Illus. Knight of Pentacles + Hermit + Ace of Swords. Knight of Pentacles + Hermit + Ace of Swords. “Your challenge is to throw your seeds into fertile ground – which to me means that you have a challenge making money. However, you have the resources of a hermit – you know that you are on your own path and can give illumination to others. When you continue to stick to your own path and insights, you will have the outcome which is the sharp sword of clarity and then the bees will make honey from the roses. I take this to mean that your clear thinking will make you money – because you have stuck to your own path and not followed others”. TIPS Much the same as the previous lesson and … If you are unsure whether the third card is an outcome or an outcome which will be avoided by meeting the challenge with the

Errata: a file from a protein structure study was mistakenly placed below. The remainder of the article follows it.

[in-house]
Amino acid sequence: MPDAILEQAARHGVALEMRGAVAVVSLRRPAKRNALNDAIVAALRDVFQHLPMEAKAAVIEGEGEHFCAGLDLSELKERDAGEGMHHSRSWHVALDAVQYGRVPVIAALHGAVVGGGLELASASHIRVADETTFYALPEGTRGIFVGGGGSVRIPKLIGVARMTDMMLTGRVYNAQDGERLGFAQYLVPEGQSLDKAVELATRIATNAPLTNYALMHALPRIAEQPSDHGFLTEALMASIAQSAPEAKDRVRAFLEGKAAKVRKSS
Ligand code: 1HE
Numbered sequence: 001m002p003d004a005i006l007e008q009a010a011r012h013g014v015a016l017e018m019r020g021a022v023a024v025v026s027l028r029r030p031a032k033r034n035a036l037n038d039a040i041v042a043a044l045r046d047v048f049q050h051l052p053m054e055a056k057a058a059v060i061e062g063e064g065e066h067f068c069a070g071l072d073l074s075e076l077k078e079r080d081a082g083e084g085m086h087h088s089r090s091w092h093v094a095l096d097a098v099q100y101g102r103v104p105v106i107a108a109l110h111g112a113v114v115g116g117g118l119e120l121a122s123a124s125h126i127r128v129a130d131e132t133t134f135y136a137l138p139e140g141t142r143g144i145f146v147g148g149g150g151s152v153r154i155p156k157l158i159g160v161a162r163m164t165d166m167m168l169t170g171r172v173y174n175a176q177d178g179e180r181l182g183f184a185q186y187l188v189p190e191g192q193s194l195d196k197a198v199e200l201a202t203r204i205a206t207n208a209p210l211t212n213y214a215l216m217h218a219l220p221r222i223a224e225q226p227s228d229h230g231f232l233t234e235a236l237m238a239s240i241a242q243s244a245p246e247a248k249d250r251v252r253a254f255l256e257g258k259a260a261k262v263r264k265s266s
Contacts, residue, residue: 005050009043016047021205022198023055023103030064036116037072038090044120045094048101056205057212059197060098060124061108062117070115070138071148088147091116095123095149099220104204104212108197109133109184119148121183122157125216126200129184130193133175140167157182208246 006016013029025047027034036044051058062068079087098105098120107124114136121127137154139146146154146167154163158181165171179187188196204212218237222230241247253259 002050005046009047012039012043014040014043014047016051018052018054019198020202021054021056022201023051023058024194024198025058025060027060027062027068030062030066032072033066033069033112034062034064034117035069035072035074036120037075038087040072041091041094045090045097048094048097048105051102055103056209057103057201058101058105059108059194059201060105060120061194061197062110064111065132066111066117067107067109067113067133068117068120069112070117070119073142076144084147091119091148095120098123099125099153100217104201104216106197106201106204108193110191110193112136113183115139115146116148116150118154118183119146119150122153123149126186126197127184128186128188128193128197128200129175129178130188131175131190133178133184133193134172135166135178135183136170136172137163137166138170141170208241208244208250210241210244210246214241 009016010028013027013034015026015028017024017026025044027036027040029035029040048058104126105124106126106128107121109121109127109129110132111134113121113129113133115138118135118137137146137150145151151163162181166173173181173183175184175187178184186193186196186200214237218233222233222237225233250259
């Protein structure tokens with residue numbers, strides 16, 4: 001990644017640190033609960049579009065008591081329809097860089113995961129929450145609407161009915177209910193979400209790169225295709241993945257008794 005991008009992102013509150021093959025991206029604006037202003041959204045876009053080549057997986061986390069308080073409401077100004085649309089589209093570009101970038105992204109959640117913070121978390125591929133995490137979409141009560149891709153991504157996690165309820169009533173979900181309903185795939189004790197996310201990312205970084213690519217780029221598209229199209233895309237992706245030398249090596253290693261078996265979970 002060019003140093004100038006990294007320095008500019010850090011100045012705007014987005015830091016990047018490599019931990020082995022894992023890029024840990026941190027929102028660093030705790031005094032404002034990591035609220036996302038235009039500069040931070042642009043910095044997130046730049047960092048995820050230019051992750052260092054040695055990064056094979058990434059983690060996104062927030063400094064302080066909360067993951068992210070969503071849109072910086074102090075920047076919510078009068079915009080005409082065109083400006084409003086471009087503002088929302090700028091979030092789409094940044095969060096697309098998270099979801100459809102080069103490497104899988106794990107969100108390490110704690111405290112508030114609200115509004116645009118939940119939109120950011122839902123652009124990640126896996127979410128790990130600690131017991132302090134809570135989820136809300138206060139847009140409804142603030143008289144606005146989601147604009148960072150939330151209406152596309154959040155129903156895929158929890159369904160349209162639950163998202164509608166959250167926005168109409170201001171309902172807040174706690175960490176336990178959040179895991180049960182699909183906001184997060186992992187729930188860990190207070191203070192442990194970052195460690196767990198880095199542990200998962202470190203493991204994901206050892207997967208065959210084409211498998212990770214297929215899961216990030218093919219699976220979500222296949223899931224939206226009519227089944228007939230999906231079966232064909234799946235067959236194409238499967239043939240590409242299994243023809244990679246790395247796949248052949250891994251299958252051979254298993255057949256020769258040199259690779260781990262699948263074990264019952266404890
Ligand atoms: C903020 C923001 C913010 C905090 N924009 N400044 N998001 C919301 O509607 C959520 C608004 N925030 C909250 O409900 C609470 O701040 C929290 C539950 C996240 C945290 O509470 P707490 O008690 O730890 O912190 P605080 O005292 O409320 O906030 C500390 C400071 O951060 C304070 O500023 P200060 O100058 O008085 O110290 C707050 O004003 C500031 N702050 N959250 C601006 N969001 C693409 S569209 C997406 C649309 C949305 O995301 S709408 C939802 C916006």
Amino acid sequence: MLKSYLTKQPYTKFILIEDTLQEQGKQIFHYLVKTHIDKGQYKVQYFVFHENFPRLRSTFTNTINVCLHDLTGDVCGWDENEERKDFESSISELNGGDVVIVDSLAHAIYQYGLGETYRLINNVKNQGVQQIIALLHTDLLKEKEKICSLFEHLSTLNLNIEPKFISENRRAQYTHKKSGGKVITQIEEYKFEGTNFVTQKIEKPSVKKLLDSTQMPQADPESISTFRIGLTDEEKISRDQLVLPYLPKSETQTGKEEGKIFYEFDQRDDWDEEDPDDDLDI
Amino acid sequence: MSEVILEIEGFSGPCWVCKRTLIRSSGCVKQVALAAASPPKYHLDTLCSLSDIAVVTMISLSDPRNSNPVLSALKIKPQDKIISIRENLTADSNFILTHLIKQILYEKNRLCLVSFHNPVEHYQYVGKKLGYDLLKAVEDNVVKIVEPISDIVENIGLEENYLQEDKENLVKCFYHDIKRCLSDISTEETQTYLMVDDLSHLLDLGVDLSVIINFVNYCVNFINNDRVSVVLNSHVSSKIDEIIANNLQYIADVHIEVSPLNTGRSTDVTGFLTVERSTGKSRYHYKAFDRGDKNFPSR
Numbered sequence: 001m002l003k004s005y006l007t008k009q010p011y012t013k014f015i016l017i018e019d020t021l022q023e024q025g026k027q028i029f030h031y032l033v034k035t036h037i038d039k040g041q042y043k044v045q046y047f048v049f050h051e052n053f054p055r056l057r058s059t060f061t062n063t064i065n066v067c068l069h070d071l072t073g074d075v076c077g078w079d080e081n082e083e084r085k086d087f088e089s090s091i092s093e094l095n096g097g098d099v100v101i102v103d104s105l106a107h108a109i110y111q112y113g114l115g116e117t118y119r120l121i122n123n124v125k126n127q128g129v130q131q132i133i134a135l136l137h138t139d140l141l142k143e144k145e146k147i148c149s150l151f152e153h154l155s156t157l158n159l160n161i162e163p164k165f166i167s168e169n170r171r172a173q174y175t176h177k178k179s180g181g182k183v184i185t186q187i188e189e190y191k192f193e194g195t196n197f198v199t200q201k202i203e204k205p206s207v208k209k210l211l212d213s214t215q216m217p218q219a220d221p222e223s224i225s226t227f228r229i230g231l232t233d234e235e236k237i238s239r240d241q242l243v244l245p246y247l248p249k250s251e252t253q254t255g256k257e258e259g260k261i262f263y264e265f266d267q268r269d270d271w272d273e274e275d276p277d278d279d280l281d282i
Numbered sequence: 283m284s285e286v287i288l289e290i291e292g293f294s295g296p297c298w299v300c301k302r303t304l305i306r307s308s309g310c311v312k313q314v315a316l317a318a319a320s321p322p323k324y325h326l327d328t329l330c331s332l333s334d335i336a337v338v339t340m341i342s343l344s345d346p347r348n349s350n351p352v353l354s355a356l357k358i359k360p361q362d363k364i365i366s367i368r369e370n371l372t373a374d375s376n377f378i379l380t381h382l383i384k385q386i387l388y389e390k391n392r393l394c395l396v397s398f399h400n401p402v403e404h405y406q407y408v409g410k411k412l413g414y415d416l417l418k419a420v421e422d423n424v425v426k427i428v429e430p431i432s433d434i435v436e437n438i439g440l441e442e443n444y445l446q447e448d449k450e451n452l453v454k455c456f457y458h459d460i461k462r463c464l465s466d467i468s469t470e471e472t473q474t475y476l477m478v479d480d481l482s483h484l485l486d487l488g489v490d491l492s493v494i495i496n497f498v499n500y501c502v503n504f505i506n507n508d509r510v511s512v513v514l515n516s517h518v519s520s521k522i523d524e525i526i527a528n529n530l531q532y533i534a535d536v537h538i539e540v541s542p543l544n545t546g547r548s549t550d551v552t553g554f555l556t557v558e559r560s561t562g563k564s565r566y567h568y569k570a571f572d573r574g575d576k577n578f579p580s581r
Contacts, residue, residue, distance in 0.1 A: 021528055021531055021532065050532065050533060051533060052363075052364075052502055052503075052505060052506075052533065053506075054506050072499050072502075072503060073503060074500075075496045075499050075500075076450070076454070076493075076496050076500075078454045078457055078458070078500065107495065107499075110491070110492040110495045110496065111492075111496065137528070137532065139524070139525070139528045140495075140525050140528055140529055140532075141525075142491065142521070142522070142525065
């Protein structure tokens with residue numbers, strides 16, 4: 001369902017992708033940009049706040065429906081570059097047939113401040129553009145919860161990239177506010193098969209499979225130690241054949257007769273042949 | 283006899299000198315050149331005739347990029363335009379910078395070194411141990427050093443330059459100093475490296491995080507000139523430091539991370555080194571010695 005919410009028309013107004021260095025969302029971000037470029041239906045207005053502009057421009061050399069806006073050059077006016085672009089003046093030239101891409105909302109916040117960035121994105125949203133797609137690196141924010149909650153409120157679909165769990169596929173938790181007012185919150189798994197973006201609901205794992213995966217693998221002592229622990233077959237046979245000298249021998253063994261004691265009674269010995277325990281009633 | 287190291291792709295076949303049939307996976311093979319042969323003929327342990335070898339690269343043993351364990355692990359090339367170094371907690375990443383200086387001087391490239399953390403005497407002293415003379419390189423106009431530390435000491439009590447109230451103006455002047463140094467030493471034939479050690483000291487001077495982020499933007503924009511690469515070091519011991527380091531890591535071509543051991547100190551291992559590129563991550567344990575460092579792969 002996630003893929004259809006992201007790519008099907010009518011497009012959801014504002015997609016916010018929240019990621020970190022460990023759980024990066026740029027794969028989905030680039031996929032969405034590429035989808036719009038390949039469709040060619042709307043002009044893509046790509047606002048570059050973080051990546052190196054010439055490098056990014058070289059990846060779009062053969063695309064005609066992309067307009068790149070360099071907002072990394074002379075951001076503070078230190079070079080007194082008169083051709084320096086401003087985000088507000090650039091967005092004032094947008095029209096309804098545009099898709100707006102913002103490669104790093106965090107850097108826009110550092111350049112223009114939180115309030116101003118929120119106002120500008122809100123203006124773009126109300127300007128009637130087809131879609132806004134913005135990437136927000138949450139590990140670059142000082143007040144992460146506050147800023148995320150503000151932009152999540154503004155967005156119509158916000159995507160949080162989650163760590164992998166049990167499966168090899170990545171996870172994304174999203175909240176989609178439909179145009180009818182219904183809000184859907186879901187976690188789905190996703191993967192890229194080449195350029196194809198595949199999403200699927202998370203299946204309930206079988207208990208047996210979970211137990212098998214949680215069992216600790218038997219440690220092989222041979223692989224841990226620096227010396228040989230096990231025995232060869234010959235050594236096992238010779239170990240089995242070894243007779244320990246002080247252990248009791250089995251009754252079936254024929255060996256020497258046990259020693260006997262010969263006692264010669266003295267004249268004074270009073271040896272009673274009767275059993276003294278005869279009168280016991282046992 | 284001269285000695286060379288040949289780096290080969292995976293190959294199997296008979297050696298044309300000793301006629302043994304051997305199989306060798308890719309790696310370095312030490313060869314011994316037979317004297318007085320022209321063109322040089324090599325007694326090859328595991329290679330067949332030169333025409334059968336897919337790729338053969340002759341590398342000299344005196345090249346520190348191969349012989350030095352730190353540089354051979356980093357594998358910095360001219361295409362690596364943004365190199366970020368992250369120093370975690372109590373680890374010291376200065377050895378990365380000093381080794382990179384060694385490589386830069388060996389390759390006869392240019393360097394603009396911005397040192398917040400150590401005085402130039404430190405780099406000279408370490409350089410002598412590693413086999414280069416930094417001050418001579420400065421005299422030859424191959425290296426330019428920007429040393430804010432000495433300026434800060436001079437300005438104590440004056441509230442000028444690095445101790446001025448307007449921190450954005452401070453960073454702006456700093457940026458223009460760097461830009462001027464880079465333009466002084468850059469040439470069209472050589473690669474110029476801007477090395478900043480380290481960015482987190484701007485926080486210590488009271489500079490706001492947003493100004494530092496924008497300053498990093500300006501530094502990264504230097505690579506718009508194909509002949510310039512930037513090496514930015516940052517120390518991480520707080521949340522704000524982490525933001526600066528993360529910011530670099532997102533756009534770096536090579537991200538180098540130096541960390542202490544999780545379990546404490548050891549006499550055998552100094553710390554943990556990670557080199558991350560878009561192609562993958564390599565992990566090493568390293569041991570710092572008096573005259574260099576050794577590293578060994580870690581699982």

resources, then consider how the card looks compared to the other two cards. If it looks more ‘negative’ then it is likely an outcome which will be otherwise avoided. If it looks ‘positive’ we assume it is an outcome that will be attained by meeting the challenge in the manner suggested by the second (resource) card. We say this because all readings are generated towards a positive outcome. Recording Your Reading To record your tarot readings, you are encouraged to adopt a common key, as follows. Minor cards: Label as the number and suit. For example; 7P, 3C is Seven of Pentacles, Three of Cups. You can label Aces as 1 or A, so 1C or AC would be Ace of Cups. Major cards: Label as their Latin numerals. For example; III is The Empress, XVIII is The Moon. Court cards: Label as abbreviation of type and suit, with Kn for Knight and K for King, to avoid confusion. For example; KnS is Knight of Swords. Thus ten cards in a Celtic Cross spread, in order, might be written as: AP, 4C, KnW, IV, 7P, 9P, QC, XVI, 5S, 4C So long as you are consistent in your layout and order, this is enough to record the reading with any commentary you wish to place upon it.